It’s 9:30 pm on a Tuesday night. The kids are sound asleep, the lunch bags have been packed, I’ve tidied the house and done a load of washing. It’s finally ME TIME… I’ll be asleep in 5…4…3…2…zzz.
This is, I’m sure, the same routine for most moms – whether you work full-time like me, part-time or if you’re at home with the kids all day. So how do WE, average modern day moms, stay sane amongst the constant hustle and bustle? My answer redefines not only me time, but the concept of “ME” too. We have all lost little parts of who we were before kids and family came along – and swopped them for who we are, as parents and spouses. I know none of us would change it for anything, so we need to embrace it, and own it, and, in my opinion, blog about it!
Let me start at the very beginning. I’m Yashmitha Padayachee, 31-year-old wife to Praven and mother to Kivesh and Thavina. I have a BSc degree and work as a Laboratory Technician. I don’t particularly like walks on the beach or candlelit dinners. I do love my family very much and could talk about them non-stop.
A few short years ago, I found myself struggling to find a purpose beyond that of mother and wife (I firmly believe we all need that other purpose in our lives, and it doesn’t make us bad mothers). Praven was diagnosed with end stage kidney failure in 2013. At the time Kivesh was just three years old and I was five months along in my pregnancy with Thavina. Praven began dialysis immediately, and it had a ripple effect across our entire lives. The strain on us, and (this is the first time I’m saying it) the strain on me, was enormous. To continue with everything, I would normally do while being pregnant would have been a task on its own. Added to the stress of seeing to a specialised diet, dealing with an understandably moody Praven, sacrificing weekend after weekend of family time for medical treatment, dealing with medical aid and insurance call centre agents – it was debilitating to say the least. So many issues came at us one after the other: Praven being readmitted to hospital in November, Kivesh also needing medical attention in January 2014 and Thavina being born via emergency C-section (and the emotions and feelings that surrounded her birth).
Throughout this time, I longed for an outlet. Support groups exists for patients going through illnesses, but how many exist for the people supporting the patients? I thought it would be a great idea to blog about our journey one day and how we began to cope with each new curveball thrown at our family. But that day never came. It was a luxury I couldn’t afford – both financially and in time. I don’t want to take anything away from the family support that was given to us, and my friends at work who were constantly there to dry my tears, but I still felt alone in it all. Praven was on dialysis for a total of 15 months. As soon as Thavina was six months old, we desperately went through the motions of finding out whether I could donate one of my kidneys to him. The tests involved were emotional and many quite painful, but on 11 December 2014 – which just happened to have been our eighth anniversary – we received the incredible news that our transplant was scheduled for January 2015.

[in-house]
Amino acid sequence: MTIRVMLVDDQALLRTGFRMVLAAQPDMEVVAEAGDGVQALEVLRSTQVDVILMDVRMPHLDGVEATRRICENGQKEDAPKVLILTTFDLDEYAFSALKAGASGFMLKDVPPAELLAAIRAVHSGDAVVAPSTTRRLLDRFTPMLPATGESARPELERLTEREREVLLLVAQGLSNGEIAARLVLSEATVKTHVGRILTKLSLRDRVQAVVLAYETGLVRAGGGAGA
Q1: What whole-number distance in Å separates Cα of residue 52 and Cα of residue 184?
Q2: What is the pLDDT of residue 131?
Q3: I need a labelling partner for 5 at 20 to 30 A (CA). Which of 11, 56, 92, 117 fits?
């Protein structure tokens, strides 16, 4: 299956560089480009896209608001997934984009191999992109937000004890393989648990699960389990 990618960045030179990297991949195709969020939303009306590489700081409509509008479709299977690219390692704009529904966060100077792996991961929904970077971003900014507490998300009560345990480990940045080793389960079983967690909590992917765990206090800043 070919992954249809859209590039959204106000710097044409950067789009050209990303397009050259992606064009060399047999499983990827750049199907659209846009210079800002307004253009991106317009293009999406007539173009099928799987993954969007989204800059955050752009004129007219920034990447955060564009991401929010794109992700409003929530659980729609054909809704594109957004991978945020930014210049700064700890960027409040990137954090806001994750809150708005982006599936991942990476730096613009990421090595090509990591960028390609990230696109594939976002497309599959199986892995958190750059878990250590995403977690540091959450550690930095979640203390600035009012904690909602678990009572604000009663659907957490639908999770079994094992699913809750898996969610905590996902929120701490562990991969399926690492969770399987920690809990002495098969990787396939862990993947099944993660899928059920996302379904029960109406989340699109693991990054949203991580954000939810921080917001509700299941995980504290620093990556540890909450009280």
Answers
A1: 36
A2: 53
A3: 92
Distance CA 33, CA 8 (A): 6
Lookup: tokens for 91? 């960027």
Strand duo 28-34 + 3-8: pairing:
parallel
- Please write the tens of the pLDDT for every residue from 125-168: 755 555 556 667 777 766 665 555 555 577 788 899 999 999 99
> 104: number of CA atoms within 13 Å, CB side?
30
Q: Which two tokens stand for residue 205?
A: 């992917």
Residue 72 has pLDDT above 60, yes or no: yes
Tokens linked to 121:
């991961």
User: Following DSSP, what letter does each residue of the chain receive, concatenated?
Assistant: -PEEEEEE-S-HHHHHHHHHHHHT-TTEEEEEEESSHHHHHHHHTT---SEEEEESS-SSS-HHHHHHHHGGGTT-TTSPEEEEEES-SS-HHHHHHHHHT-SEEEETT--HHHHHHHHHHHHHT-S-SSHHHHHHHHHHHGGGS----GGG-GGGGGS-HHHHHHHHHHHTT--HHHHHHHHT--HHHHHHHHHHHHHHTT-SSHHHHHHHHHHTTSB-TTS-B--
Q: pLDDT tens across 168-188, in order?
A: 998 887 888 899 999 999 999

As with everything we’d been through, even the transplant didn’t run smooth at first. My surgeon opted for a less invasive procedure called a laparoscopic nephrectomy, but some of the blood vessels leading from my kidney were pooling up and it had to get sorted out before the transplant could take place. He would therefore not operate on me without blood on standby, and we were rescheduled for a week later. Of course, this upset the plans we had made, mainly regarding how the kids would be seen to for the estimated week that I would be in hospital for. Nonetheless, the following week, all ran perfectly. I was in ICU for a few days and Praven had to go into immediate isolation. Once I returned home I had to slip right back into the role of mom, as well as be a caregiver to Praven. Again, I was grateful for the help of my mom and sisters.
Post-transplant life came with its own set of hurdles, such as logistics on sorting the kids, adjustment to diets and medication. My initial ambitions of starting a blog had dwindled somewhat, but I still felt I hadn’t really accomplished anything for myself. On impulse in June 2016, I decided I was going to take the plunge. A good friend put me in touch with a web-hosting company and helped me set up my page, while another helped me brainstorm possible names. Finally, A Family Blog had become a reality. Now I had to think about content. I kept waiting to think of something to write about, and I was stuck in the mindset that a blog post had to have some sort of game-changing information offered to other moms. It took me a while to realise that everything is worth writing about – that my message was that we are ordinary average families trudging forward the best we can, and everything we do matters.
My big break is this post, I am so glad to be able to write for MamaMagic and their Heart to Heart blog. and the prospect of encouraging and inspiring other moms to write themselves is exciting to me.
As for the family, we celebrated our 10-year anniversary in December 2016 and our two-year “transplant-versary” in January 2017. We are like any other family with many downs, but even more ups. I hope this post manages to push even just one mom out of her rut and motivates you to start writing and blogging. I hope it makes you realise that you may be normal and average, but you and your family are remarkable and awesome.
So, here’s to sharing my family with you, and hopefully learning about yours too.